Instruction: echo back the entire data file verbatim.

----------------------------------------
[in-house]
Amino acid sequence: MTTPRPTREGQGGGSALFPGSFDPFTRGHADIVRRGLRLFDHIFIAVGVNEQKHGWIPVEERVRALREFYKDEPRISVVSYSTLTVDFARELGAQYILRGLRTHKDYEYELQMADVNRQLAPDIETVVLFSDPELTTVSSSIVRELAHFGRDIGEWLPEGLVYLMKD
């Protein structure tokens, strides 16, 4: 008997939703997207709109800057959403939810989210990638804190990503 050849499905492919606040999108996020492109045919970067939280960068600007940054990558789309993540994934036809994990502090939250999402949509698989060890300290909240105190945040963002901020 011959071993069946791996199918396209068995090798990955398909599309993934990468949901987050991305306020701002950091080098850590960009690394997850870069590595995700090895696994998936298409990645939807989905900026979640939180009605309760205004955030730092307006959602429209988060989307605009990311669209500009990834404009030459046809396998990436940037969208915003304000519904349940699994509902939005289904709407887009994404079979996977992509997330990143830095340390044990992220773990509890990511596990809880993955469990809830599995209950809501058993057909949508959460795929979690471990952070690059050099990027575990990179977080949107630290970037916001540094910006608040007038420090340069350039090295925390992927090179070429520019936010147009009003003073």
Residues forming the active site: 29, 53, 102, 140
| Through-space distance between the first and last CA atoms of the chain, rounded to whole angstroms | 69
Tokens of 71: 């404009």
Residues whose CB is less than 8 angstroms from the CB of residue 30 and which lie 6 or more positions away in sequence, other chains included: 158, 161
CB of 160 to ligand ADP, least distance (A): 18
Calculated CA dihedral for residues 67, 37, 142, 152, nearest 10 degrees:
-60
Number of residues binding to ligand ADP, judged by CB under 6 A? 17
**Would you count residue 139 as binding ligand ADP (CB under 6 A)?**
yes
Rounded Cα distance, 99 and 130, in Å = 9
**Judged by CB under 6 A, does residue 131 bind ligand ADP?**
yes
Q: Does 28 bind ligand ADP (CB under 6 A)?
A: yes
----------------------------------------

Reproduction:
[in-house]
Amino acid sequence: MTTPRPTREGQGGGSALFPGSFDPFTRGHADIVRRGLRLFDHIFIAVGVNEQKHGWIPVEERVRALREFYKDEPRISVVSYSTLTVDFARELGAQYILRGLRTHKDYEYELQMADVNRQLAPDIETVVLFSDPELTTVSSSIVRELAHFGRDIGEWLPEGLVYLMKD
């Protein structure tokens, strides 16, 4: 008997939703997207709109800057959403939810989210990638804190990503 050849499905492919606040999108996020492109045919970067939280960068600007940054990558789309993540994934036809994990502090939250999402949509698989060890300290909240105190945040963002901020 011959071993069946791996199918396209068995090798990955398909599309993934990468949901987050991305306020701002950091080098850590960009690394997850870069590595995700090895696994998936298409990645939807989905900026979640939180009605309760205004955030730092307006959602429209988060989307605009990311669209500009990834404009030459046809396998990436940037969208915003304000519904349940699994509902939005289904709407887009994404079979996977992509997330990143830095340390044990992220773990509890990511596990809880993955469990809830599995209950809501058993057909949508959460795929979690471990952070690059050099990027575990990179977080949107630290970037916001540094910006608040007038420090340069350039090295925390992927090179070429520019936010147009009003003073």
Residues forming the active site: 29, 53, 102, 140
| Through-space distance between the first and last CA atoms of the chain, rounded to whole angstroms | 69
Tokens of 71: 């404009």
Residues whose CB is less than 8 angstroms from the CB of residue 30 and which lie 6 or more positions away in sequence, other chains included: 158, 161
CB of 160 to ligand ADP, least distance (A): 18
Calculated CA dihedral for residues 67, 37, 142, 152, nearest 10 degrees:
-60
Number of residues binding to ligand ADP, judged by CB under 6 A? 17
**Would you count residue 139 as binding ligand ADP (CB under 6 A)?**
yes
Rounded Cα distance, 99 and 130, in Å = 9
**Judged by CB under 6 A, does residue 131 bind ligand ADP?**
yes
Q: Does 28 bind ligand ADP (CB under 6 A)?
A: yes